Matt Driscoll

Please make Snowmageddon stop. Or at least send bourbon. A desperate parent’s plea

The Driscoll Family snowman has given up on life, much like the author of this column.
The Driscoll Family snowman has given up on life, much like the author of this column.

Three is too many.

This revelation — specific to my children — hit me somewhere in Day 2 of the current Snowpocalypse.

Or are we calling it a Snowmageddon?

I can’t keep these things straight, probably because I’ve lost my mind.

However we’re branding this rare wintery hell, I write you, dear reader, from deep within its cruel embrace.

Please send help, preferably in the form of a babysitter. Bourbon might also suffice.

(Actually, let’s be honest, both would probably be best.)

If you sense an unusual desperation in my voice, it’s because I haven’t had contact with the outside world since Friday. Quite frankly, it feels like much longer. Weeks? Months? Years? I’ve lost track. Time has become a flat circle, marked only by Netflix breaks and the latest terrifying Cliff Mass blog post.

I’m not even sure I know how adult conversations work anymore.

As I recall, grownups don’t scream all the time and suck the will to live out of you. Am I remembering that correctly? I really hope I am.

Hang on. I’ll be right back. Someone is crying. Someone is always crying.

Anyway. As I was saying …

For the last 72 hours — and counting — I’ve been stuck with these children. Three of them. It’s just too many.

I’ve done the math on this before, of course — like when it’s time to go school clothes shopping or load up in the car for a road trip — but the last three days have been a particularly harrowing reminder.

I want to be clear, before you get the wrong idea: I love my children dearly. They mean the world to me. They fill my life with purpose and joy.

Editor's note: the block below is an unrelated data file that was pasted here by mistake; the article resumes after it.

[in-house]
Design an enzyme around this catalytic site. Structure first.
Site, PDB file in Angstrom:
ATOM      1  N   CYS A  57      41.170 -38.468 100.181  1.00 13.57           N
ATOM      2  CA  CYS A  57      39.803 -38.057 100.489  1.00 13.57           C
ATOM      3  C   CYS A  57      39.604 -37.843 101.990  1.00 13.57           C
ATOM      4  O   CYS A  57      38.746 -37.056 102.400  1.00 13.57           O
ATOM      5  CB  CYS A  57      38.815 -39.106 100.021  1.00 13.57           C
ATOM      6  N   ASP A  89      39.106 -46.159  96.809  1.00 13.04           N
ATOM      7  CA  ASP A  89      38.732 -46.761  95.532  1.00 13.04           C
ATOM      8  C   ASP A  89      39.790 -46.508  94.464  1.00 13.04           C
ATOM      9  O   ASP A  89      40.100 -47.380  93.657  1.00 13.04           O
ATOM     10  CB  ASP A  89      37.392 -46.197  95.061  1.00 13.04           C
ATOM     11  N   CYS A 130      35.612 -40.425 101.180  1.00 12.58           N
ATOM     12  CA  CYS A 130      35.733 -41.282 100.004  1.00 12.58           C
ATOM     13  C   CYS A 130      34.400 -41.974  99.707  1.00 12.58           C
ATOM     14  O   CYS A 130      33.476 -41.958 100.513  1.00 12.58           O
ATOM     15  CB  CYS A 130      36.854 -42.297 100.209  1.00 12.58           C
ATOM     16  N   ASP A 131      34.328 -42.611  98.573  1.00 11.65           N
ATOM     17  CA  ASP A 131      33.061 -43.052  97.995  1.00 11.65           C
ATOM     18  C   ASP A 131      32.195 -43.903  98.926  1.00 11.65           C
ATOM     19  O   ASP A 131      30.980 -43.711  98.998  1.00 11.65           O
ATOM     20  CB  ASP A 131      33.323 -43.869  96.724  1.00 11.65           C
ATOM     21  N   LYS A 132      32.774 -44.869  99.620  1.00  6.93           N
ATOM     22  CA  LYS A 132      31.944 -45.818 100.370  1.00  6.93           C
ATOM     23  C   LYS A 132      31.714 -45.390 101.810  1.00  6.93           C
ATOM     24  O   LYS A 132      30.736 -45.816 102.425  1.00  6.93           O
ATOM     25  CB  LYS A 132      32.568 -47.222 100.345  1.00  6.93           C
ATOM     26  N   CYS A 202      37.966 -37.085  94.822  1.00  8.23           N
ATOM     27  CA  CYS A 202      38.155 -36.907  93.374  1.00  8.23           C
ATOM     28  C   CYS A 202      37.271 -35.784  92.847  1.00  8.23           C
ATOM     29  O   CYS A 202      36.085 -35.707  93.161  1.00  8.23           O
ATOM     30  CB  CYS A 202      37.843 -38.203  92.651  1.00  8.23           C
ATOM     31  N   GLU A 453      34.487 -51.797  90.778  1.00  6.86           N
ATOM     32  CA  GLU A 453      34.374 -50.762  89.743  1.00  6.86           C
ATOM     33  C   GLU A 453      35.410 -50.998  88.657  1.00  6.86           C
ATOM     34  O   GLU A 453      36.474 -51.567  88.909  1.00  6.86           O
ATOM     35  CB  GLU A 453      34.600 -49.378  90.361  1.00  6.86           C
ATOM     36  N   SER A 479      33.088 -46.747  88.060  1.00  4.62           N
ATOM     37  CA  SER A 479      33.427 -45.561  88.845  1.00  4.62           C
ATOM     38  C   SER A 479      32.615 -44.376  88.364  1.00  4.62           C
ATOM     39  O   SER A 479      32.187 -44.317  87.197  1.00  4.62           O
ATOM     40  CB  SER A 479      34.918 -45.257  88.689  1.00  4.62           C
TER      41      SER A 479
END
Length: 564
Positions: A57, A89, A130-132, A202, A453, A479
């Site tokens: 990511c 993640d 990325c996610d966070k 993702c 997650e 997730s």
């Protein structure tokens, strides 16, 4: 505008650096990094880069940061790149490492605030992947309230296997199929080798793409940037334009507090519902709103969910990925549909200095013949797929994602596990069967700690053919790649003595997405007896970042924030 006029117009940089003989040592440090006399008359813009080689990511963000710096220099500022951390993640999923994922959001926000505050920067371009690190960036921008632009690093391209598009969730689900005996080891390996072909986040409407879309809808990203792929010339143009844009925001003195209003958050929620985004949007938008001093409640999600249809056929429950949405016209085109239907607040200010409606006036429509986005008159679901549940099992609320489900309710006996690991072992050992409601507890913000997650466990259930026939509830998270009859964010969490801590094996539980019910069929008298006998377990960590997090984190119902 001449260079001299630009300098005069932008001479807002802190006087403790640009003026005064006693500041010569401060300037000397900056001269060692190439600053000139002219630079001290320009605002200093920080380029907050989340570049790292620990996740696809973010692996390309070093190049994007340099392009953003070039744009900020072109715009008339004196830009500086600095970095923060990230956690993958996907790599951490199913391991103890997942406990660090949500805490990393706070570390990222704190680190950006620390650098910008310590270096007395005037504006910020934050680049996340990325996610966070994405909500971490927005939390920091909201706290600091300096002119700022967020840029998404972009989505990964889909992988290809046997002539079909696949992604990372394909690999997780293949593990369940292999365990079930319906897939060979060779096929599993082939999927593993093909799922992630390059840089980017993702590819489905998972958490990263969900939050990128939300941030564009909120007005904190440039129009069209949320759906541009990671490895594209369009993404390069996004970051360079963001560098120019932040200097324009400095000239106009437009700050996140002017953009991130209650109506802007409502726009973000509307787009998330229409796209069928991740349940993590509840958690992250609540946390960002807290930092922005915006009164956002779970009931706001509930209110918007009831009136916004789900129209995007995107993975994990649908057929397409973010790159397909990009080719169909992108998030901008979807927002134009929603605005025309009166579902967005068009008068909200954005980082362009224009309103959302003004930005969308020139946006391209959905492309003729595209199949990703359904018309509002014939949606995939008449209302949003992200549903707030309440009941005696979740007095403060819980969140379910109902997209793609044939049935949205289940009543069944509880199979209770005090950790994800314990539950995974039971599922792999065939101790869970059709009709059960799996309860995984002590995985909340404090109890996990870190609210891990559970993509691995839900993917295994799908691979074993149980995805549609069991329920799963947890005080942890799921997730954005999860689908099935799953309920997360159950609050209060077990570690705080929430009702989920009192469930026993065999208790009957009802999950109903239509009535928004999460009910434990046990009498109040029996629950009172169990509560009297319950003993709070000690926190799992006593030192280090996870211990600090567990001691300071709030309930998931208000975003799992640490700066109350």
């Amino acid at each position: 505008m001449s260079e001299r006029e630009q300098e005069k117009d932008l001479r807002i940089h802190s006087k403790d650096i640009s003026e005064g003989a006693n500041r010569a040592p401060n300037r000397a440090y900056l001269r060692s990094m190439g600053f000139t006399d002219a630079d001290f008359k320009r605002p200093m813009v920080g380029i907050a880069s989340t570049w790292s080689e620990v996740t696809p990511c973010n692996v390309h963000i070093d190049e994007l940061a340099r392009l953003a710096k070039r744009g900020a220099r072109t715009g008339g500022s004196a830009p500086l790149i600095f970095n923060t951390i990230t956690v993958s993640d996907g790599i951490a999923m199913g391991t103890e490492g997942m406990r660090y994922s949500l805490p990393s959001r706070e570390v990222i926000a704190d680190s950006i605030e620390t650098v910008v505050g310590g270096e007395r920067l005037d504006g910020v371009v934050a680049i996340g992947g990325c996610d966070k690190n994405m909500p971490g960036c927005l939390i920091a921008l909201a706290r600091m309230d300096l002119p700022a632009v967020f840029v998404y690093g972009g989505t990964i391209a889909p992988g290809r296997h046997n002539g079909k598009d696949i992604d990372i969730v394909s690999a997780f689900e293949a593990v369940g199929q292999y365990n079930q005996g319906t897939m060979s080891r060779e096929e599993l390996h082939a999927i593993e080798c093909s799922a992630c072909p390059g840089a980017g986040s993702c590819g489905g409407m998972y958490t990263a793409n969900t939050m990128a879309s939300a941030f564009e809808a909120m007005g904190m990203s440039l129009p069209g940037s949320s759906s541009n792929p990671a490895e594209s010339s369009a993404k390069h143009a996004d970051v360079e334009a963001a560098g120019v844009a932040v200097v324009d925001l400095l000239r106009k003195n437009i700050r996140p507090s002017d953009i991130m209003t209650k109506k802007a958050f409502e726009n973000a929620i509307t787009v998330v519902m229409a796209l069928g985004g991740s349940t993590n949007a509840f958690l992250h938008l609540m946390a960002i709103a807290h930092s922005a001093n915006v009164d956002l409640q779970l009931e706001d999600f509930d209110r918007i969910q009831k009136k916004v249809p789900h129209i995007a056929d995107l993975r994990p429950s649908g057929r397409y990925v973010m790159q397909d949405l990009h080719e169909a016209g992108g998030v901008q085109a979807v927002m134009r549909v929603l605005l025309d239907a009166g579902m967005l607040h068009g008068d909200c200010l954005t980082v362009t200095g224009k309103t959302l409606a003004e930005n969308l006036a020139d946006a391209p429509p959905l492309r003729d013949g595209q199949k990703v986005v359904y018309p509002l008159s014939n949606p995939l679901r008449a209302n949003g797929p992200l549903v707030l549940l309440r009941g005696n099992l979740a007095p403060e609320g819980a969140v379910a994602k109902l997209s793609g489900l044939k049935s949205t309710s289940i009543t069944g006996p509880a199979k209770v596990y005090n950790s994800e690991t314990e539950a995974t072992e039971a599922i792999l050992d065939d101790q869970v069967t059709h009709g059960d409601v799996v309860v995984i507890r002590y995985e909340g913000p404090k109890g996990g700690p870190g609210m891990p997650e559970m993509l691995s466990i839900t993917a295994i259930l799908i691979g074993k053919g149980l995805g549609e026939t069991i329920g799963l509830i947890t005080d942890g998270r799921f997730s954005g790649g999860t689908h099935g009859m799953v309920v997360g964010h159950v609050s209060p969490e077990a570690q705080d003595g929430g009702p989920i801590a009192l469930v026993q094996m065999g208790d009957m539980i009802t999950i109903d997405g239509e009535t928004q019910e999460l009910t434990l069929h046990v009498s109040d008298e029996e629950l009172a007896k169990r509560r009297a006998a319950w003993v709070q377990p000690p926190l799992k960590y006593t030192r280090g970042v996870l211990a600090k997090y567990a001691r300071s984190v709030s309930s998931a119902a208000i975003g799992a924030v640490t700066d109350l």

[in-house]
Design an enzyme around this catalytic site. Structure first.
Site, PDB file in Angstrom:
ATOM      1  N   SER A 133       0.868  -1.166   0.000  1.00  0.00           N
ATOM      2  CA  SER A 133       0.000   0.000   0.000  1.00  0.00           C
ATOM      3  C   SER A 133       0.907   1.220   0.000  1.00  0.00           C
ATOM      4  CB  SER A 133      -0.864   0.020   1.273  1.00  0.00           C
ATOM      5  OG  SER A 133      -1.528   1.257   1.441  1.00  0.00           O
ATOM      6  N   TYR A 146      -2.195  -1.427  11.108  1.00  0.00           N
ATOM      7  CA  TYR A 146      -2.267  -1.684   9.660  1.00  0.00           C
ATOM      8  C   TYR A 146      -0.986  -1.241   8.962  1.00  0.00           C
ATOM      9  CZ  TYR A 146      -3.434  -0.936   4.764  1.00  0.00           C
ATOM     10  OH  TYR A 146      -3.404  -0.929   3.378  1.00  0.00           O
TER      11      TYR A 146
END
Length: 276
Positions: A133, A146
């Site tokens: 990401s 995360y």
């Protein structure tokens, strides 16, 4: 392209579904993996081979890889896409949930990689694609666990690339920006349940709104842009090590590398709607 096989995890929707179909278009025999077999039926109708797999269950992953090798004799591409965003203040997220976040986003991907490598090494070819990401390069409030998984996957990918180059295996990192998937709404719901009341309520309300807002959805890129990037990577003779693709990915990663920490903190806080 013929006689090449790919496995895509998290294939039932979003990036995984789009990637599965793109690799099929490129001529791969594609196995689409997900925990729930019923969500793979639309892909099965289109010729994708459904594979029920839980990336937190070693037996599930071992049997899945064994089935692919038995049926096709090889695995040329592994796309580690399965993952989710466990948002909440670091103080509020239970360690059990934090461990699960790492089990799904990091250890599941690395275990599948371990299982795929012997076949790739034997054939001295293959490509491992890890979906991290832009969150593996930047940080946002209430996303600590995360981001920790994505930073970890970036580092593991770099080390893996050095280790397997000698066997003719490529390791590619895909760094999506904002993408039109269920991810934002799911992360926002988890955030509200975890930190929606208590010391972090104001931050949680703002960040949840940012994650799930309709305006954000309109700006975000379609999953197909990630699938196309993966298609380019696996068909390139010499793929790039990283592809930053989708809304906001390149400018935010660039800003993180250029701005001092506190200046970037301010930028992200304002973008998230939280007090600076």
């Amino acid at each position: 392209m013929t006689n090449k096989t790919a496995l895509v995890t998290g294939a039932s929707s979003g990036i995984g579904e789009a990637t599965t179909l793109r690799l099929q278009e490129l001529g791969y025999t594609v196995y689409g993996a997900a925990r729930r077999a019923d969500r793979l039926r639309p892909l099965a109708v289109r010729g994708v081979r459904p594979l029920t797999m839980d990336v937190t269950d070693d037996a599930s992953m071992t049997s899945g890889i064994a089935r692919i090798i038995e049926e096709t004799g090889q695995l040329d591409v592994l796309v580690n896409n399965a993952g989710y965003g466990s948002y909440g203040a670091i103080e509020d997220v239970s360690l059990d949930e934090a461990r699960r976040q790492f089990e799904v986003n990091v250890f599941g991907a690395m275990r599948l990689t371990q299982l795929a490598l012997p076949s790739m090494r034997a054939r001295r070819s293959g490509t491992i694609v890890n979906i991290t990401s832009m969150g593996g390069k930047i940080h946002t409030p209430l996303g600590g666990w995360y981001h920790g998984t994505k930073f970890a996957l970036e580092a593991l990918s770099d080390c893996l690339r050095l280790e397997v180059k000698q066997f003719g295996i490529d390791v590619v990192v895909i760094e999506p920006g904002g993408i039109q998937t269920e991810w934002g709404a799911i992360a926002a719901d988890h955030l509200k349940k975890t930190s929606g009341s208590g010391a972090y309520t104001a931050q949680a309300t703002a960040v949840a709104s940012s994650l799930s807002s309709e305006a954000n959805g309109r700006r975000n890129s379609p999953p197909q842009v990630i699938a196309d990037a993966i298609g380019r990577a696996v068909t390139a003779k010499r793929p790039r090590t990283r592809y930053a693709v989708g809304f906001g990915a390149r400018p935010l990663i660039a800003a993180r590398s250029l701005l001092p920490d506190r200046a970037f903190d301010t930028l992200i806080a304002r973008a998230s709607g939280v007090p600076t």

Today I also fantasized about tucking them snuggly into a box filled with straw and leaving them at the nearest fire station.

So what if the oldest is 11 years old?

Hey, look. It’s snowing again. How lovely.

Anyway. As I was saying …

Here’s the thing: I simply cannot play another board game. There have been so many board games over the last three days.

Did you know they ruined Life?

The game, I mean, though I’m open to alternative interpretations.

When I was a kid, there was at least a 40-percent chance — when playing the game of Life — that you were going to end up destitute and broken. A few bad spins, and all of a sudden you’re an out-of-work toilet-brush salesman from Tenino.

The edge made it real. That’s Life, we were told.

Now? Everyone wins. At one point, I lost my job, only to go from being a lawyer to a cardiologist. Our son ended up “winning,” because he had more millions than anyone else.

That’s not Life. It’s a big, fat lie.

Oh, fantastic. We just got a call from the district. School is canceled again, because of course it is.

My wife just made a joke about homeschooling. Or at least I think she was joking.

I can’t tell anymore. Either way, I didn’t laugh.

The kids are never going back to school, I’m now sure of it. We’re going to die here, like the Donner party.

Maybe that can be tomorrow’s history lesson.

Anyway. As I was saying ….

A couple just snowshoed down our block. They’re probably on their way to the bar. They clearly don’t have children. I hate them both..

Is that wrong of me to say? Probably, but I don’t care anymore.

We have gone outside, in case you’re wondering. Yesterday we built a snowman.

It was excruciating.

The youngest wailed the whole time. Her hands were red and cold, but she wouldn’t go inside. Meanwhile, the oldest couldn’t figure out how pack and roll the snow into large balls — despite the fact I was clearly providing expert (if not slightly irritated) instruction.

In the end, we settled on a flat snowman — lying down in the backyard.

It was fitting, really.

This morning, when I woke up, our snowman was still there, just staring up at the sky in defeat. There was a dusting of new snow, and that stupid smile on his face. His unblinking eyes were as big as oranges.

(His eyes are oranges, by the way.)

The children — young optimists, not soured by age and still enamored by the snow — tell me he’s making a snow angel.

That’s cute, the innocence of youth on display.

Unfortunately, I know the truth.

Our snowman is me. He’s lost the will to go on.

Please send help. Please make it stop.

Matt Driscoll is a reporter and The News Tribune’s metro news columnist. A McClatchy President’s Award winner, Driscoll lives in Central Tacoma with his wife and three children. He’s passionate about the City of Destiny and strives to tell stories that might otherwise go untold.


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